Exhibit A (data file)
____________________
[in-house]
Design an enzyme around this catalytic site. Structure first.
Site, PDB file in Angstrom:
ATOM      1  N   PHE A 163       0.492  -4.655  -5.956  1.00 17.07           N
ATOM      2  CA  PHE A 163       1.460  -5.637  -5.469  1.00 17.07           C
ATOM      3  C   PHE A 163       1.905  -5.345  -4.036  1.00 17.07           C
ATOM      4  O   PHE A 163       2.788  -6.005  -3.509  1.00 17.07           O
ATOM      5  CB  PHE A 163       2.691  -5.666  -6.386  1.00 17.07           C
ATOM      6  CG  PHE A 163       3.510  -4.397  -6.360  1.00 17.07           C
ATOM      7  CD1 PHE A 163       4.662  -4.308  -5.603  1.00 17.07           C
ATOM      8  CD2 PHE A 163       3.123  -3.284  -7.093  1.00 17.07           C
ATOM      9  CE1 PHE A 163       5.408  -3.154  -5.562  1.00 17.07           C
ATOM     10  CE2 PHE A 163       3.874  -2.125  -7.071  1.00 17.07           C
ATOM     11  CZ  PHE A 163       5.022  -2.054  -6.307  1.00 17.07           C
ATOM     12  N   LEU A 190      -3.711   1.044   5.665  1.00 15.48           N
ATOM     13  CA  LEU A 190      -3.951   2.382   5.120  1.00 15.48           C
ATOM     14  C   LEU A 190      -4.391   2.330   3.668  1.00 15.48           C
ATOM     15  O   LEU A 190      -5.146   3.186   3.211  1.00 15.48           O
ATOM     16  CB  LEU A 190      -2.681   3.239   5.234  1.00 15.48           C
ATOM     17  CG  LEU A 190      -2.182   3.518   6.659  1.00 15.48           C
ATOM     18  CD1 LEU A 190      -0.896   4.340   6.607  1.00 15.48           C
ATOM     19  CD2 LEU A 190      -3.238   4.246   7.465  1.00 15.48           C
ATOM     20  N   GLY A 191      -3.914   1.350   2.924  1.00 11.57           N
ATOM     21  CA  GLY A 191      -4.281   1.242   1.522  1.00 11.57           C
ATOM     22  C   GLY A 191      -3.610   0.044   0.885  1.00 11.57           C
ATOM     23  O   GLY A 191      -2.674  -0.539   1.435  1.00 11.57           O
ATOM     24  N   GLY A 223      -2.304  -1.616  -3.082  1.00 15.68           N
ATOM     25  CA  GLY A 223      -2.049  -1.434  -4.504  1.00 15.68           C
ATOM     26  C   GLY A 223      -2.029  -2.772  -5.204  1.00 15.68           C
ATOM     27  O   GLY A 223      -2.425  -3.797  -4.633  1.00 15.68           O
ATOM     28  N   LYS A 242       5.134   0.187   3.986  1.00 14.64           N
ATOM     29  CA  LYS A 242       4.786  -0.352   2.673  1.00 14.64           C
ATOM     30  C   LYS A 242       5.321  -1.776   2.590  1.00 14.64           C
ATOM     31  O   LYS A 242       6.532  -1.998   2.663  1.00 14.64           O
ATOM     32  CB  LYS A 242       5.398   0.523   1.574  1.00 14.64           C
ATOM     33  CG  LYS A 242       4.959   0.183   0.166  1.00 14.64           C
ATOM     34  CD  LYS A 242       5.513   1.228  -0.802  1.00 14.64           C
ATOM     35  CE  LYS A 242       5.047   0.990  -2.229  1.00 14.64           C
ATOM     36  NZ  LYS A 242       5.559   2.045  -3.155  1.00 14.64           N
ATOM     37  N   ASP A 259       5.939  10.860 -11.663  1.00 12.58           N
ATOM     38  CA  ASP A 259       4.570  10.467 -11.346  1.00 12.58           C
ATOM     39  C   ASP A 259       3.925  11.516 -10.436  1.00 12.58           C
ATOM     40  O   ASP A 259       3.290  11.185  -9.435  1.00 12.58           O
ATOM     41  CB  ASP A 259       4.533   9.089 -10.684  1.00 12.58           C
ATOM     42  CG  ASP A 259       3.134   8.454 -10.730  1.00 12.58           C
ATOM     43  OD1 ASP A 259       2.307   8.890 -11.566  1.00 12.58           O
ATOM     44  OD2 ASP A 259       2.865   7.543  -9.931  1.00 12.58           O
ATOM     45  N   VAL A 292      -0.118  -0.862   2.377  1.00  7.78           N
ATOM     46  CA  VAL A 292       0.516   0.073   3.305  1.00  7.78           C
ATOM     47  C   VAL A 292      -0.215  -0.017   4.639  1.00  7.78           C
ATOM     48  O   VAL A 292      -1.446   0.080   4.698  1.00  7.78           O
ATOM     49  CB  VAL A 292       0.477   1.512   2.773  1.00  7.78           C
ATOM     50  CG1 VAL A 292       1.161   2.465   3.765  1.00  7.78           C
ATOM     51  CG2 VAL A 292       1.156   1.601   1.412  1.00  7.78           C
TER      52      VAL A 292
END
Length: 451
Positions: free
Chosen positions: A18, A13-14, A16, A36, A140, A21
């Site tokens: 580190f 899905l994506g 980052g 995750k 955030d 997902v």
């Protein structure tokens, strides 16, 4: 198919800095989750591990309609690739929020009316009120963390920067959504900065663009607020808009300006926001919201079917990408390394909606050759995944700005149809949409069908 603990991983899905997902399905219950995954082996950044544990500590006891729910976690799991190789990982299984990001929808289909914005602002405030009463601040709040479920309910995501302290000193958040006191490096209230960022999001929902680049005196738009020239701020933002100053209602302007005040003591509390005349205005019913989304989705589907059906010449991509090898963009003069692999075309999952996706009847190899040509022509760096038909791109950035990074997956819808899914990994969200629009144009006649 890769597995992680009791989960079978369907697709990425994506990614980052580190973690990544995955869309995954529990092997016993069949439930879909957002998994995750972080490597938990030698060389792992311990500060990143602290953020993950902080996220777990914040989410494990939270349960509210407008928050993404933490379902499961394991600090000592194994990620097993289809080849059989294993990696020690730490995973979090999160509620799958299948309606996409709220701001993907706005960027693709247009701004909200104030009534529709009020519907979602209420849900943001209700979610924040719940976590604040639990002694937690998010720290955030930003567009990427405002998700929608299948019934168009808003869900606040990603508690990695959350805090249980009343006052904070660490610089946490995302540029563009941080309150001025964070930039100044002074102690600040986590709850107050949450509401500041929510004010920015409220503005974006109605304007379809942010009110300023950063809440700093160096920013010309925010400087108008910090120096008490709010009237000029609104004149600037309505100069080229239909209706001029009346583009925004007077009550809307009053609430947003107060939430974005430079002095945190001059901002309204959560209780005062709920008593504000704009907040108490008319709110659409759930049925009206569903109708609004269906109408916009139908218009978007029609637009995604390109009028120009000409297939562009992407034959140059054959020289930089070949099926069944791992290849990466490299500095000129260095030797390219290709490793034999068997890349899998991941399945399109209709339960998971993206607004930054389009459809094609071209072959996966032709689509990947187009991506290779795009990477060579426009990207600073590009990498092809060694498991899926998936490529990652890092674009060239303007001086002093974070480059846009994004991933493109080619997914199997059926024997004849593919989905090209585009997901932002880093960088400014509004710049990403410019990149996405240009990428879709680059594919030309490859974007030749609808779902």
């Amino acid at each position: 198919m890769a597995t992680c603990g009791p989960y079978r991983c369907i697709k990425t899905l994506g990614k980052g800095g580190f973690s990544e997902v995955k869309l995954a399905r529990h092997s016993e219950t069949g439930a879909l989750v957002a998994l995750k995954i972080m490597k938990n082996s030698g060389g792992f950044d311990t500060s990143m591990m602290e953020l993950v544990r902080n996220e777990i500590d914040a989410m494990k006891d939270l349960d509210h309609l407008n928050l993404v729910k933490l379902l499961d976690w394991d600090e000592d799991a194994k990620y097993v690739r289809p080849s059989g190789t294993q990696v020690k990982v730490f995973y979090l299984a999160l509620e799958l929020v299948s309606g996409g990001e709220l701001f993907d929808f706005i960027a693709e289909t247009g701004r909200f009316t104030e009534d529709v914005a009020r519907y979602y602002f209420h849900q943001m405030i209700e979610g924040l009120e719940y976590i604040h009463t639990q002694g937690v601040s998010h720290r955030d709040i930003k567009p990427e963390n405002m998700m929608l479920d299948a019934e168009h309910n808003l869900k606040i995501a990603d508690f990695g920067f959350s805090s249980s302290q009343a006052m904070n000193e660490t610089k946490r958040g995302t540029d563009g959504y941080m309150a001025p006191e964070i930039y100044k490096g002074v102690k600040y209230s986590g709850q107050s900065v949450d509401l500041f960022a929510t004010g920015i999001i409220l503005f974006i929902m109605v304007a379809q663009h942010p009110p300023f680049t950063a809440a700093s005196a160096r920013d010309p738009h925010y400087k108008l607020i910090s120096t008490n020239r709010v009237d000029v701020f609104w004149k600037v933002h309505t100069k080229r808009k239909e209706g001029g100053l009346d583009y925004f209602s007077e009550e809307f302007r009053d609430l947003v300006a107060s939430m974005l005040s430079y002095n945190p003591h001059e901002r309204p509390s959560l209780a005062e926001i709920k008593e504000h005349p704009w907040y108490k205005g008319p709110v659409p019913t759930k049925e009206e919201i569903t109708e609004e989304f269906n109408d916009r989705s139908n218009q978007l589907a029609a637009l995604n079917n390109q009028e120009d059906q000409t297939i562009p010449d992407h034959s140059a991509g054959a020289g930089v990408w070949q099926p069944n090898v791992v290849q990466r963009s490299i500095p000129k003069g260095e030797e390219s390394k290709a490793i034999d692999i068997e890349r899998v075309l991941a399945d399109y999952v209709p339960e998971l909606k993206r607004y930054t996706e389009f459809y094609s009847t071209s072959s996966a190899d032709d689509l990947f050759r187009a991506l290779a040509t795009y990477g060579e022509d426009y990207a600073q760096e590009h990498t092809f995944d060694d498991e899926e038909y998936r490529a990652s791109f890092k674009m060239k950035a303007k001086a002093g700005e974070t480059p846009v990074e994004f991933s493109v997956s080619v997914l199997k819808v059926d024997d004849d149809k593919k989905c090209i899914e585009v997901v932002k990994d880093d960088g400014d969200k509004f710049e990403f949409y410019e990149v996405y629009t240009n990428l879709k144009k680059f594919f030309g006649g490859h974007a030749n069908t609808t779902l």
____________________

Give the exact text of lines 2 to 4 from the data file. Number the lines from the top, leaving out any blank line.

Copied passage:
Design an enzyme around this catalytic site. Structure first.
Site, PDB file in Angstrom:
ATOM      1  N   PHE A 163       0.492  -4.655  -5.956  1.00 17.07           N